23.03.2017 | Worcester Polytechnic Institute

All articles from Life Sciences >>>

The most recent press releases about innovation >>>

Die letzten 5 Focus-News des innovations-reports im Überblick:

Im Focus: Giant Magnetic Fields in the Universe

Astronomers from Bonn and Tautenburg in Thuringia (Germany) used the 100-m radio telescope at Effelsberg to observe several galaxy clusters. At the edges of these large accumulations of dark matter, stellar systems (galaxies), hot gas, and charged particles, they found magnetic fields that are exceptionally ordered over distances of many million light years. This makes them the most extended magnetic fields in the universe known so far.

The results will be published on March 22 in the journal „Astronomy & Astrophysics“.

Galaxy clusters are the largest gravitationally bound structures in the universe. With a typical extent of about 10 million light years, i.e. 100 times the...

Im Focus: Tracing down linear ubiquitination

Researchers at the Goethe University Frankfurt, together with partners from the University of Tübingen in Germany and Queen Mary University as well as Francis Crick Institute from London (UK) have developed a novel technology to decipher the secret ubiquitin code.

Ubiquitin is a small protein that can be linked to other cellular proteins, thereby controlling and modulating their functions. The attachment occurs in many...

Im Focus: Perovskite edges can be tuned for optoelectronic performance

Layered 2D material improves efficiency for solar cells and LEDs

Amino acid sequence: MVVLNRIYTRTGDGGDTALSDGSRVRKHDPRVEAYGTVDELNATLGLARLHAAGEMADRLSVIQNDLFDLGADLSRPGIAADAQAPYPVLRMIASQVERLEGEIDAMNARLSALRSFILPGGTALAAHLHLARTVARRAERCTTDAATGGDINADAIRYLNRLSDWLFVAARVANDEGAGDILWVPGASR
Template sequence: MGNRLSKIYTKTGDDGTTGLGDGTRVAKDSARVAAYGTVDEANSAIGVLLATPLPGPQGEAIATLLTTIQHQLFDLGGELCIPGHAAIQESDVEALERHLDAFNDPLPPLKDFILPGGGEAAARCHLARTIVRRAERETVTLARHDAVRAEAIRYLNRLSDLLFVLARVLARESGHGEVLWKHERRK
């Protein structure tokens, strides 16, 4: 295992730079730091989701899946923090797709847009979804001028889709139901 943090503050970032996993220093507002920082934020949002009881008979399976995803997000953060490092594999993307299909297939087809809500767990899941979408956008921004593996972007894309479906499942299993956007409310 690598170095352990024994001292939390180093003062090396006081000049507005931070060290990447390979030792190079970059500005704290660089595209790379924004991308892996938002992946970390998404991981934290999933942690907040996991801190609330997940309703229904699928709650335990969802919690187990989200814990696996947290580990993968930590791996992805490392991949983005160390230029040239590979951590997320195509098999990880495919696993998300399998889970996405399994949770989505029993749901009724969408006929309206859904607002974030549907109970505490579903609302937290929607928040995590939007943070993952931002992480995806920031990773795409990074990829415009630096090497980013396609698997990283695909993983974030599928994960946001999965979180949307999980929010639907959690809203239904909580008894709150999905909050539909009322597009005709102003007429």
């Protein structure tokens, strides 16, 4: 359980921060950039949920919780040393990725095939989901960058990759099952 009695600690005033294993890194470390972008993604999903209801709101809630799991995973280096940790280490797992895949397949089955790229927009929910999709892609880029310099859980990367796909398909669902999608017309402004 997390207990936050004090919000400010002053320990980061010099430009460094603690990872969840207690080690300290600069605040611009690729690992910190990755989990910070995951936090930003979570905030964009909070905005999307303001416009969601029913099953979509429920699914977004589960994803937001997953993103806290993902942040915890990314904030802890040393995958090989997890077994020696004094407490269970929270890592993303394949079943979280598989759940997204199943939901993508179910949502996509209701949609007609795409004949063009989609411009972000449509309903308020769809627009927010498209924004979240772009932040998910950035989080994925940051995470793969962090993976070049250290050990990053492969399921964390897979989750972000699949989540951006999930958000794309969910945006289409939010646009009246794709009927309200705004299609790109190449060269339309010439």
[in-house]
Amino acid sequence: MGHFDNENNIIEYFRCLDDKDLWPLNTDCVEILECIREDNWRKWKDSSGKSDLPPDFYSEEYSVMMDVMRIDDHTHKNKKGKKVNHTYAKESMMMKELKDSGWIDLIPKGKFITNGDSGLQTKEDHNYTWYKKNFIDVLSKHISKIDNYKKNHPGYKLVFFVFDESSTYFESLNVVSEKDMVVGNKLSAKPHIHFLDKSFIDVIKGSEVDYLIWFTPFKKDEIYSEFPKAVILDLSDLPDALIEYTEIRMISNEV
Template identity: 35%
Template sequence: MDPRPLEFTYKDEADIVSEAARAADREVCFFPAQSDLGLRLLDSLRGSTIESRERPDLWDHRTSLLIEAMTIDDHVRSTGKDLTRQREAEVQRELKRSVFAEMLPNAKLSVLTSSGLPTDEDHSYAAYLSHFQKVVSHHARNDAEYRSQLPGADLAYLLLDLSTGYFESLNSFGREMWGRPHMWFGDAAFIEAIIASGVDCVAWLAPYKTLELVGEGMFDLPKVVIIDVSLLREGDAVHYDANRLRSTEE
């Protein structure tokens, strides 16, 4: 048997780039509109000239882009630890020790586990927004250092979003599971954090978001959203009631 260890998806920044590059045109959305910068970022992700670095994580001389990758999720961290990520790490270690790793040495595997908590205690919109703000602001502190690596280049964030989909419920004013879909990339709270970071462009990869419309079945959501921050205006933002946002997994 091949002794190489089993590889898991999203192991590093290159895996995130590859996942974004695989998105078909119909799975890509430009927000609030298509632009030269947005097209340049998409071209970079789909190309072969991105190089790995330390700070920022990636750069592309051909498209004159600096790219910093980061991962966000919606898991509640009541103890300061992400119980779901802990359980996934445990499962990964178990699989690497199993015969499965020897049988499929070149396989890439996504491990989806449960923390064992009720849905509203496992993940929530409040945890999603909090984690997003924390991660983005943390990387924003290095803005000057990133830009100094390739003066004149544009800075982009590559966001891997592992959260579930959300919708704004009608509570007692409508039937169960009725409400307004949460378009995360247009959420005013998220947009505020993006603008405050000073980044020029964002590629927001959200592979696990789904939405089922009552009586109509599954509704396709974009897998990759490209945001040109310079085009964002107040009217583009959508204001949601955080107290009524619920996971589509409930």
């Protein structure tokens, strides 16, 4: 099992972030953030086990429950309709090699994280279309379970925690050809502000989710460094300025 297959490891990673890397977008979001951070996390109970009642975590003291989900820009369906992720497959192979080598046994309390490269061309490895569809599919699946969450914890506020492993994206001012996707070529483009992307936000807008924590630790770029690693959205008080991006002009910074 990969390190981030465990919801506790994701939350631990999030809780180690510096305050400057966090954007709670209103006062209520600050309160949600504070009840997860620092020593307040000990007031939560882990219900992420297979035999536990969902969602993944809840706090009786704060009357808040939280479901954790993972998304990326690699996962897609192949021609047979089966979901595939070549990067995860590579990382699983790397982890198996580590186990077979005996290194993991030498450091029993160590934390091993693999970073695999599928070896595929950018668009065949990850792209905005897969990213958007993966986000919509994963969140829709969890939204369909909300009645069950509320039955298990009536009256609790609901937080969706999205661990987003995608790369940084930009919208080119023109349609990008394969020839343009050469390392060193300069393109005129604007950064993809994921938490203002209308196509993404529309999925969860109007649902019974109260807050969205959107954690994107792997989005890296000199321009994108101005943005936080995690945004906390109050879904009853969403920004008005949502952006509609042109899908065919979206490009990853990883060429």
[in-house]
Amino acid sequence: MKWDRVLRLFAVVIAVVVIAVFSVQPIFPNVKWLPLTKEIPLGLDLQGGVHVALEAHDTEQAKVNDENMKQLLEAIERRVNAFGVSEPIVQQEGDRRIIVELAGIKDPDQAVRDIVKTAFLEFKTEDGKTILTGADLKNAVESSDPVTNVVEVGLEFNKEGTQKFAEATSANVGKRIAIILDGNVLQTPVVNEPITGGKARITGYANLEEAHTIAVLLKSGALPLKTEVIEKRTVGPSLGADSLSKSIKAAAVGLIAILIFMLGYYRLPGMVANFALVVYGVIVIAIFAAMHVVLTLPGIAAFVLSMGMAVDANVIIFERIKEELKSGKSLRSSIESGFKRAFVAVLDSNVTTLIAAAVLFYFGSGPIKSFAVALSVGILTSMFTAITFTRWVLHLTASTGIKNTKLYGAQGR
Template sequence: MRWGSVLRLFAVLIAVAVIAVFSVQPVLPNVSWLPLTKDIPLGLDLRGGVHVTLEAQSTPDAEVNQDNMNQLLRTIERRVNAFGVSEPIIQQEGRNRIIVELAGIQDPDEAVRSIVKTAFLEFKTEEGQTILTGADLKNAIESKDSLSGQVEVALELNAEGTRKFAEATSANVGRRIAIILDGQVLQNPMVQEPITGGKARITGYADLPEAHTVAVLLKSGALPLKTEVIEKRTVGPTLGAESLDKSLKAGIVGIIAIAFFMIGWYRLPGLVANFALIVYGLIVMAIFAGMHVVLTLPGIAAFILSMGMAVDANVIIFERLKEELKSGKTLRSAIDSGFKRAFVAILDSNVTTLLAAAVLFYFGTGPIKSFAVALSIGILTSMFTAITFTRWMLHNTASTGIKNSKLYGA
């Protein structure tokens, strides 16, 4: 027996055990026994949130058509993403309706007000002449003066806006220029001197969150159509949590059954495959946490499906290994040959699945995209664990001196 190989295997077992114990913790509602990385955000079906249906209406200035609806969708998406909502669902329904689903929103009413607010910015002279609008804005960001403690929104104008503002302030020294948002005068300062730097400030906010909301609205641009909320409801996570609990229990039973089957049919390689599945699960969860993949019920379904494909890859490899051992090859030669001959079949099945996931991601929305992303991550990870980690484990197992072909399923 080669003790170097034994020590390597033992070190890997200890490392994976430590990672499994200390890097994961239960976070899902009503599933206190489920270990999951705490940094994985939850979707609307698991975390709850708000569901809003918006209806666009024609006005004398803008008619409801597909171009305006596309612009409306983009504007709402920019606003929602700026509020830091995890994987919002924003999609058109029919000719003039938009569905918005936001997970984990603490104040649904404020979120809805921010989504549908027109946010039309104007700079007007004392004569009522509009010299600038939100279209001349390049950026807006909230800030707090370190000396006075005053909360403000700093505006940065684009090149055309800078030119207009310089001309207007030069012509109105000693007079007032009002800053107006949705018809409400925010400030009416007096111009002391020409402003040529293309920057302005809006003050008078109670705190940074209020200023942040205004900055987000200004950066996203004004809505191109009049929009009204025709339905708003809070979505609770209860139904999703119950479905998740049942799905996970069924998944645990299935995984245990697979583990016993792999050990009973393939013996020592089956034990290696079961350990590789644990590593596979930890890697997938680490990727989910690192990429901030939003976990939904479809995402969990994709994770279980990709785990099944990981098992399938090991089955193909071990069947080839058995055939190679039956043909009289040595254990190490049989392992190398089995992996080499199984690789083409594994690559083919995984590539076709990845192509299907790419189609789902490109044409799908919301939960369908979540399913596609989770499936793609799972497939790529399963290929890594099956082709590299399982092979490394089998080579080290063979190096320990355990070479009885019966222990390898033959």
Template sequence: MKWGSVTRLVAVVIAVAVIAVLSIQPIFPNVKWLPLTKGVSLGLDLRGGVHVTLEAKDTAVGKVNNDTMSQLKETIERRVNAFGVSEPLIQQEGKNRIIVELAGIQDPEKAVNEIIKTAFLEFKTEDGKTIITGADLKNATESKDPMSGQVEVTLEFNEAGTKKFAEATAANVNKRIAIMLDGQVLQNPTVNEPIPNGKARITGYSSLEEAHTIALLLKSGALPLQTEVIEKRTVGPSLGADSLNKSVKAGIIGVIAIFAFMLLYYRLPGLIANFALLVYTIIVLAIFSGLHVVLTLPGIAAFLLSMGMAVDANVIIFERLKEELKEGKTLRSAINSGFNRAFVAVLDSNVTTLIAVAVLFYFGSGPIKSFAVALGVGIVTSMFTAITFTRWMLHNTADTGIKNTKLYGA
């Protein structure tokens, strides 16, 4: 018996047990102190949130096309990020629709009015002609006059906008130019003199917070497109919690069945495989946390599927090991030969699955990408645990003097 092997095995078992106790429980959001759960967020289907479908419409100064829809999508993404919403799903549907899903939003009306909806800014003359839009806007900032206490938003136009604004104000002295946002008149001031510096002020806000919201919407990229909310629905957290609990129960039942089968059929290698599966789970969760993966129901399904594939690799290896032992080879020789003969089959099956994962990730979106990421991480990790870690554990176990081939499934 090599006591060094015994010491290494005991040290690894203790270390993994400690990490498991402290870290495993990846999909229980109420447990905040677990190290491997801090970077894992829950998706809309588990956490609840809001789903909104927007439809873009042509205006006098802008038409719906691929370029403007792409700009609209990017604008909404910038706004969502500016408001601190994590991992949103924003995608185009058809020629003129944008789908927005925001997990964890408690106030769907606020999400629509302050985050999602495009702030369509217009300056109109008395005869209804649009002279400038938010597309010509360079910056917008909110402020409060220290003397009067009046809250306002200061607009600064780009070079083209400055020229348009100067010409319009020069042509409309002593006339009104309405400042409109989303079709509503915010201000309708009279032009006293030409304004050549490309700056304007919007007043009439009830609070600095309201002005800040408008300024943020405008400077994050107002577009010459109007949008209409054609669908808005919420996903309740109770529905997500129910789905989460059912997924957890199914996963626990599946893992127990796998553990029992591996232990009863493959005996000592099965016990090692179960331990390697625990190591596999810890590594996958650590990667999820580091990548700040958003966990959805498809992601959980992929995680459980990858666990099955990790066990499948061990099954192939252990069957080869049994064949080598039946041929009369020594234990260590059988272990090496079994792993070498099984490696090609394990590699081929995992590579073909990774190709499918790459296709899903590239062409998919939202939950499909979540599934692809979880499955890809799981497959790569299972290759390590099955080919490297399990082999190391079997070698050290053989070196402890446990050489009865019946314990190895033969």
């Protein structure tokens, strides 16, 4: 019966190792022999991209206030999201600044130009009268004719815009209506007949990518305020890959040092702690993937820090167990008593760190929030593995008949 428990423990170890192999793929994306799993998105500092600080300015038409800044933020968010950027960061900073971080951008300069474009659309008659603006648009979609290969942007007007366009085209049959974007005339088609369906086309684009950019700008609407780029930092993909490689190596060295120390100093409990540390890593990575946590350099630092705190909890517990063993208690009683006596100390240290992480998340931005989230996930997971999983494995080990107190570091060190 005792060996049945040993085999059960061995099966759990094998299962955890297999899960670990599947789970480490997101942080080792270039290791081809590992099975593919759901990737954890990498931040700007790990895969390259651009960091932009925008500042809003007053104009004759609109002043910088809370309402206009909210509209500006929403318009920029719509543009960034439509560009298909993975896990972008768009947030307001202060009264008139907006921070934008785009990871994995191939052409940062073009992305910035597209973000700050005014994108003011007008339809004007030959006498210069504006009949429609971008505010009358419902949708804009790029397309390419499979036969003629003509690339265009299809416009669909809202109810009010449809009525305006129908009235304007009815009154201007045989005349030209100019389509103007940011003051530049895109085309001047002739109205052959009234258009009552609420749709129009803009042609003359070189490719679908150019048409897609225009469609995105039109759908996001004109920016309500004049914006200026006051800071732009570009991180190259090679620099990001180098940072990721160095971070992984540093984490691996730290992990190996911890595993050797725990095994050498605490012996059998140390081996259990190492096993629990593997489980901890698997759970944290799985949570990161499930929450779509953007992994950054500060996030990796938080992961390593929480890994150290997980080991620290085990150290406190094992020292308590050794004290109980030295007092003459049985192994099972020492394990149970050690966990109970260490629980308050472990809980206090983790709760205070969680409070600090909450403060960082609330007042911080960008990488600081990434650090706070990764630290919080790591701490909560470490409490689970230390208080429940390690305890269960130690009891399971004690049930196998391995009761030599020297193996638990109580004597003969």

In the eternal search for next generation high-efficiency solar cells and LEDs, scientists at Los Alamos National Laboratory and their partners are creating...

Im Focus: Polymer-coated silicon nanosheets as alternative to graphene: A perfect team for nanoelectronics

Silicon nanosheets are thin, two-dimensional layers with exceptional optoelectronic properties very similar to those of graphene. Albeit, the nanosheets are less stable. Now researchers at the Technical University of Munich (TUM) have, for the first time ever, produced a composite material combining silicon nanosheets and a polymer that is both UV-resistant and easy to process. This brings the scientists a significant step closer to industrial applications like flexible displays and photosensors.

Silicon nanosheets are thin, two-dimensional layers with exceptional optoelectronic properties very similar to those of graphene. Albeit, the nanosheets are...

Im Focus: Researchers Imitate Molecular Crowding in Cells

Enzymes behave differently in a test tube compared with the molecular scrum of a living cell. Chemists from the University of Basel have now been able to simulate these confined natural conditions in artificial vesicles for the first time. As reported in the academic journal Small, the results are offering better insight into the development of nanoreactors and artificial organelles.

Enzymes behave differently in a test tube compared with the molecular scrum of a living cell. Chemists from the University of Basel have now been able to...

All Focus news of the innovation-report >>>

Anzeige

Anzeige

Event News

International Land Use Symposium ILUS 2017: Call for Abstracts and Registration open

20.03.2017 | Event News

CONNECT 2017: International congress on connective tissue

14.03.2017 | Event News

ICTM Conference: Turbine Construction between Big Data and Additive Manufacturing

07.03.2017 | Event News

 
Latest News

When Air is in Short Supply - Shedding light on plant stress reactions when oxygen runs short

23.03.2017 | Life Sciences

Researchers use light to remotely control curvature of plastics

23.03.2017 | Power and Electrical Engineering

Sea ice extent sinks to record lows at both poles

23.03.2017 | Earth Sciences

VideoLinks
B2B-VideoLinks
More VideoLinks >>>